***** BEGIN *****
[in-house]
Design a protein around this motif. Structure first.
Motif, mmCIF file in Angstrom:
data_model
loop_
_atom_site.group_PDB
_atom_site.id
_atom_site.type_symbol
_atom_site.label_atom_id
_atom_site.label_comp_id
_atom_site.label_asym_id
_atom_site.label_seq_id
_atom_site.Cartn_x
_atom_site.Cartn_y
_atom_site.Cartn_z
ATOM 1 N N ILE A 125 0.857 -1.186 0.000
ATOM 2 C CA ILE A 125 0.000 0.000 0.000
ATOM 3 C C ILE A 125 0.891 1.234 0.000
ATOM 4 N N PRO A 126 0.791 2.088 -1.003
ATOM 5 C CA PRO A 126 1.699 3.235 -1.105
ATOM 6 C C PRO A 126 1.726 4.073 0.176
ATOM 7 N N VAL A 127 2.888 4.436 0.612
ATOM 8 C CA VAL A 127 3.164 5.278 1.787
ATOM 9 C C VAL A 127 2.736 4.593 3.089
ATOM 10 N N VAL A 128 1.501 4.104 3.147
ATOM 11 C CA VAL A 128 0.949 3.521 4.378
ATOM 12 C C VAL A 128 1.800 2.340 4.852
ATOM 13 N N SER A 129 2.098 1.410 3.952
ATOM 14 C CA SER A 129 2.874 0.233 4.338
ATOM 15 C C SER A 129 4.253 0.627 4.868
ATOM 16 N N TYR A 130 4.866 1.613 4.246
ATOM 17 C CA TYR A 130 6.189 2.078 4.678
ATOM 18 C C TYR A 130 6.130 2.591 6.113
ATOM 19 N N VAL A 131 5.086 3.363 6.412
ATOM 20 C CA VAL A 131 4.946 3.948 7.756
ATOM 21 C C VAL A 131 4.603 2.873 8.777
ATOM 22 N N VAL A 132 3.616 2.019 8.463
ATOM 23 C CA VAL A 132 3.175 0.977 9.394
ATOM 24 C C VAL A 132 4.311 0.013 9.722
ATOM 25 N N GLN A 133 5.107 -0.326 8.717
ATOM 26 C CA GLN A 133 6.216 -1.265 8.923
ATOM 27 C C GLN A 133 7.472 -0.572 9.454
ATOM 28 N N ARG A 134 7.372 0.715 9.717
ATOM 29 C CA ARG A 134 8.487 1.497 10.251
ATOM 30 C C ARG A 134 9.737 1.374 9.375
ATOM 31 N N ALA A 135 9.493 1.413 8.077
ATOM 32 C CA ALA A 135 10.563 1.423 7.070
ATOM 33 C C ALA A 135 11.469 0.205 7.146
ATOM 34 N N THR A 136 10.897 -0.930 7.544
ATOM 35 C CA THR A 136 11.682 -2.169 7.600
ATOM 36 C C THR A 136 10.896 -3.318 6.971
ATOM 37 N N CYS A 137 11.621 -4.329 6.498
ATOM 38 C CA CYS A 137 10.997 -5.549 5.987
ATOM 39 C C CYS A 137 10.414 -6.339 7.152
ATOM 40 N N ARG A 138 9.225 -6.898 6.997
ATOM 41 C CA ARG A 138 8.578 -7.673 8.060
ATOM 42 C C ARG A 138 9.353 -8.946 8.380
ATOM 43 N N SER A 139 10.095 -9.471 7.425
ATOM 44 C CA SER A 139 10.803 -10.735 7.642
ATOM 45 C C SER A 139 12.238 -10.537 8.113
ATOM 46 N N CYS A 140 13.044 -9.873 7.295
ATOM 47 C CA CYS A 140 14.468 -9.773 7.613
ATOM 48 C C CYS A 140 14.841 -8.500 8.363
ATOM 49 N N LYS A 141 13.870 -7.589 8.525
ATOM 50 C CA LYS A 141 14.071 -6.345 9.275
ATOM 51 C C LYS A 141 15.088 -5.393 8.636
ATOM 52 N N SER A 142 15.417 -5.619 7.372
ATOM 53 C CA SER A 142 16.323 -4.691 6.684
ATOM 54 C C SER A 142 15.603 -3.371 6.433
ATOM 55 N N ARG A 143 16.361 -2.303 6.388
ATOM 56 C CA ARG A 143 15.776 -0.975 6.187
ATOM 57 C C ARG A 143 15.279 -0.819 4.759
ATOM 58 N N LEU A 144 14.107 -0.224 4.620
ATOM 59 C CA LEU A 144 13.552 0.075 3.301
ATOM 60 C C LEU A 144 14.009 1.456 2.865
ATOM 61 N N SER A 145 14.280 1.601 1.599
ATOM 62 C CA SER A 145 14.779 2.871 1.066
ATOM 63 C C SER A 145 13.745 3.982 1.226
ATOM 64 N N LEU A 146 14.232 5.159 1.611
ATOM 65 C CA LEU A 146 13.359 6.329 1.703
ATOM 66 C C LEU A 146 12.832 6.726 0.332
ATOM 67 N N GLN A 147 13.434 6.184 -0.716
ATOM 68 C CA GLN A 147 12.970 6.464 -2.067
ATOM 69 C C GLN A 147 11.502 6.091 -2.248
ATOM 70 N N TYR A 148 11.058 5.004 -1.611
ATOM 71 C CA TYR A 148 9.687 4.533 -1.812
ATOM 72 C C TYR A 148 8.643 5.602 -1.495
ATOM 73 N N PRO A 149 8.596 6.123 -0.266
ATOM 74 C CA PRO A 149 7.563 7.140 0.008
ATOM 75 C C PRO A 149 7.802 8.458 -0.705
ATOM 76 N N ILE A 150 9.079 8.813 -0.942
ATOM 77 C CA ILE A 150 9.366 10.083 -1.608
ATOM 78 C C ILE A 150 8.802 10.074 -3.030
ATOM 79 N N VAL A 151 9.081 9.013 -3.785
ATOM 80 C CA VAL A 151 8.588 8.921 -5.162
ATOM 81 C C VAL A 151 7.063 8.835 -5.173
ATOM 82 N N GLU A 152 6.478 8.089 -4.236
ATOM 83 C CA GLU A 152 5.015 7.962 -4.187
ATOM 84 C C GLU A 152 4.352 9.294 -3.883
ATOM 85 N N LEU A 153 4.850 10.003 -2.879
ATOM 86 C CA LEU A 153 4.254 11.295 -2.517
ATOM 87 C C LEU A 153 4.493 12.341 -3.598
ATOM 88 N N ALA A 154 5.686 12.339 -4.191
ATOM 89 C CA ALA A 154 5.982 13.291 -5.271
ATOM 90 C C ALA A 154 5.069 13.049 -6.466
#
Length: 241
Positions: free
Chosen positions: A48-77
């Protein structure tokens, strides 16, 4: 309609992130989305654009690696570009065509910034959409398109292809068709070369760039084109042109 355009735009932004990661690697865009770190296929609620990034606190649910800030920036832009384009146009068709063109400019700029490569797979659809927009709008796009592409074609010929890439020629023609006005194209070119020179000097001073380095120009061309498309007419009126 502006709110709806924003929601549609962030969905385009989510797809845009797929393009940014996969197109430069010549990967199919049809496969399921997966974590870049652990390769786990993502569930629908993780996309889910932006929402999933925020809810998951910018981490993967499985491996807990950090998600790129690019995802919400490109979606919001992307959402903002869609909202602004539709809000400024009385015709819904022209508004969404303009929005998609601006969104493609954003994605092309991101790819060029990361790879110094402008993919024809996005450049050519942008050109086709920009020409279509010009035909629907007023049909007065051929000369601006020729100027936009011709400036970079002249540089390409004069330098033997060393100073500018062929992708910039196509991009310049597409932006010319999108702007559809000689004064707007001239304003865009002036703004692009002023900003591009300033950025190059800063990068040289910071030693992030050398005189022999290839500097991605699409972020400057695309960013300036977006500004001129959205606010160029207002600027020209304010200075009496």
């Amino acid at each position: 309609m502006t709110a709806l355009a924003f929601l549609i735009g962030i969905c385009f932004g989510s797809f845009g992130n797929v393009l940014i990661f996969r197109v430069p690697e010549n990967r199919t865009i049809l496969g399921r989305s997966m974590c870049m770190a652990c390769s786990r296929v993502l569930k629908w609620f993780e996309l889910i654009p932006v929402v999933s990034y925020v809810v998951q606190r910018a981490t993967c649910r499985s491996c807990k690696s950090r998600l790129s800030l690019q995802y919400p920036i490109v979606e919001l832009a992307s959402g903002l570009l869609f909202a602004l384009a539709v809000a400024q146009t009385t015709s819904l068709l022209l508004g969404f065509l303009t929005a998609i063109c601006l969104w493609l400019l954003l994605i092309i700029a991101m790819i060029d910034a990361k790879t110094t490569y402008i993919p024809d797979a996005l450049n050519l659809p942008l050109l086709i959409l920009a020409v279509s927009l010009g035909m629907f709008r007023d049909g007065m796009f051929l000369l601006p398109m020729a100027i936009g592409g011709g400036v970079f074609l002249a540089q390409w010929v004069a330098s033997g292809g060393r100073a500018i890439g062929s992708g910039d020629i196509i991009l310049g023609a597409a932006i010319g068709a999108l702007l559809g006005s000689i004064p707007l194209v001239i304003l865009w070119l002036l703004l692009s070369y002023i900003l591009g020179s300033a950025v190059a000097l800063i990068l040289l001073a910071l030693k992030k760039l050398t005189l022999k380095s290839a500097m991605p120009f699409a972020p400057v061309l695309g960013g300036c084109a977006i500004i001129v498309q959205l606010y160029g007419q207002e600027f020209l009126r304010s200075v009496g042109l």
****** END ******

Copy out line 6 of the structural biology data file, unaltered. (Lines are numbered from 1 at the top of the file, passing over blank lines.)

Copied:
_atom_site.group_PDB